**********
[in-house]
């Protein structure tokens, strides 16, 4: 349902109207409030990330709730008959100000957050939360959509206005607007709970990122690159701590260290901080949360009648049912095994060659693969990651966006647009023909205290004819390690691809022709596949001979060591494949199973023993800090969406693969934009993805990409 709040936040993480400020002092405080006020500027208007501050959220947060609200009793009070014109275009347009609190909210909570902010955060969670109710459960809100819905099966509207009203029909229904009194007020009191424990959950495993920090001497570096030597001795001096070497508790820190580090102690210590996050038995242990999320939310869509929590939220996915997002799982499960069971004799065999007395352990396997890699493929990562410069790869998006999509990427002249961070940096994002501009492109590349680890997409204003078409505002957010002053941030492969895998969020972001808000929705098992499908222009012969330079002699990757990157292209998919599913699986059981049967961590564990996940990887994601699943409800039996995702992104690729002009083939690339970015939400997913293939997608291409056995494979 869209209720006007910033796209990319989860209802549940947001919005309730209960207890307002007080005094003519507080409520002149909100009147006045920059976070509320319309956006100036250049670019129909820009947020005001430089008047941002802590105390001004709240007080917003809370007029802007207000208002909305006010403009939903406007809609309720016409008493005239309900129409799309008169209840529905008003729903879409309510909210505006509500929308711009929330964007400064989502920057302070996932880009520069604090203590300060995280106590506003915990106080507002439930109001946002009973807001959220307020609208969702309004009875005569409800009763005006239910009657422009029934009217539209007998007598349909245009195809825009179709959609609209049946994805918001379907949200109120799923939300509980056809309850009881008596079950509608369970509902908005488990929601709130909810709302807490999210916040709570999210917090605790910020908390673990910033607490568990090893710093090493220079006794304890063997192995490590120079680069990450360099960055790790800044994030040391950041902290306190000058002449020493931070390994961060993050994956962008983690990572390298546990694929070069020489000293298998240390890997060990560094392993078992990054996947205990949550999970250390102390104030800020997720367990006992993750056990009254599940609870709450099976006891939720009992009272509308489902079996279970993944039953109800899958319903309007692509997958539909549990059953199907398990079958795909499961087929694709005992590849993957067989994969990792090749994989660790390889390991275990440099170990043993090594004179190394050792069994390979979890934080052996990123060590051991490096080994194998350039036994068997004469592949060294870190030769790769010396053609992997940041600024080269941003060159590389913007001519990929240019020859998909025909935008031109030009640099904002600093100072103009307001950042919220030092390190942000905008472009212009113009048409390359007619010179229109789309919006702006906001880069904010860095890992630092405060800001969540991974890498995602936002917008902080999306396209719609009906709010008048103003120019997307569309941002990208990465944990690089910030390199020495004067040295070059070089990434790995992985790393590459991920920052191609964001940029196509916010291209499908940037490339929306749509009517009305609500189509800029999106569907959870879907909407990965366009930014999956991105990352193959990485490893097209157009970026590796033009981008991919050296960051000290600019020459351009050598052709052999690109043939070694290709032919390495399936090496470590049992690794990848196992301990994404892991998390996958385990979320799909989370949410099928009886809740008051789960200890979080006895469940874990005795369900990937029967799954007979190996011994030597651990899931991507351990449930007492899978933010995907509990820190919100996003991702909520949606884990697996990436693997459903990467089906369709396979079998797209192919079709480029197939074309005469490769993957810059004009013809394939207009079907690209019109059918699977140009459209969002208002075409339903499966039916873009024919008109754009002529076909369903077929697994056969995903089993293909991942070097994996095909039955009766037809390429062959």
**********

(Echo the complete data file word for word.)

[in-house]
């Protein structure tokens, strides 16, 4: 349902109207409030990330709730008959100000957050939360959509206005607007709970990122690159701590260290901080949360009648049912095994060659693969990651966006647009023909205290004819390690691809022709596949001979060591494949199973023993800090969406693969934009993805990409 709040936040993480400020002092405080006020500027208007501050959220947060609200009793009070014109275009347009609190909210909570902010955060969670109710459960809100819905099966509207009203029909229904009194007020009191424990959950495993920090001497570096030597001795001096070497508790820190580090102690210590996050038995242990999320939310869509929590939220996915997002799982499960069971004799065999007395352990396997890699493929990562410069790869998006999509990427002249961070940096994002501009492109590349680890997409204003078409505002957010002053941030492969895998969020972001808000929705098992499908222009012969330079002699990757990157292209998919599913699986059981049967961590564990996940990887994601699943409800039996995702992104690729002009083939690339970015939400997913293939997608291409056995494979 869209209720006007910033796209990319989860209802549940947001919005309730209960207890307002007080005094003519507080409520002149909100009147006045920059976070509320319309956006100036250049670019129909820009947020005001430089008047941002802590105390001004709240007080917003809370007029802007207000208002909305006010403009939903406007809609309720016409008493005239309900129409799309008169209840529905008003729903879409309510909210505006509500929308711009929330964007400064989502920057302070996932880009520069604090203590300060995280106590506003915990106080507002439930109001946002009973807001959220307020609208969702309004009875005569409800009763005006239910009657422009029934009217539209007998007598349909245009195809825009179709959609609209049946994805918001379907949200109120799923939300509980056809309850009881008596079950509608369970509902908005488990929601709130909810709302807490999210916040709570999210917090605790910020908390673990910033607490568990090893710093090493220079006794304890063997192995490590120079680069990450360099960055790790800044994030040391950041902290306190000058002449020493931070390994961060993050994956962008983690990572390298546990694929070069020489000293298998240390890997060990560094392993078992990054996947205990949550999970250390102390104030800020997720367990006992993750056990009254599940609870709450099976006891939720009992009272509308489902079996279970993944039953109800899958319903309007692509997958539909549990059953199907398990079958795909499961087929694709005992590849993957067989994969990792090749994989660790390889390991275990440099170990043993090594004179190394050792069994390979979890934080052996990123060590051991490096080994194998350039036994068997004469592949060294870190030769790769010396053609992997940041600024080269941003060159590389913007001519990929240019020859998909025909935008031109030009640099904002600093100072103009307001950042919220030092390190942000905008472009212009113009048409390359007619010179229109789309919006702006906001880069904010860095890992630092405060800001969540991974890498995602936002917008902080999306396209719609009906709010008048103003120019997307569309941002990208990465944990690089910030390199020495004067040295070059070089990434790995992985790393590459991920920052191609964001940029196509916010291209499908940037490339929306749509009517009305609500189509800029999106569907959870879907909407990965366009930014999956991105990352193959990485490893097209157009970026590796033009981008991919050296960051000290600019020459351009050598052709052999690109043939070694290709032919390495399936090496470590049992690794990848196992301990994404892991998390996958385990979320799909989370949410099928009886809740008051789960200890979080006895469940874990005795369900990937029967799954007979190996011994030597651990899931991507351990449930007492899978933010995907509990820190919100996003991702909520949606884990697996990436693997459903990467089906369709396979079998797209192919079709480029197939074309005469490769993957810059004009013809394939207009079907690209019109059918699977140009459209969002208002075409339903499966039916873009024919008109754009002529076909369903077929697994056969995903089993293909991942070097994996095909039955009766037809390429062959």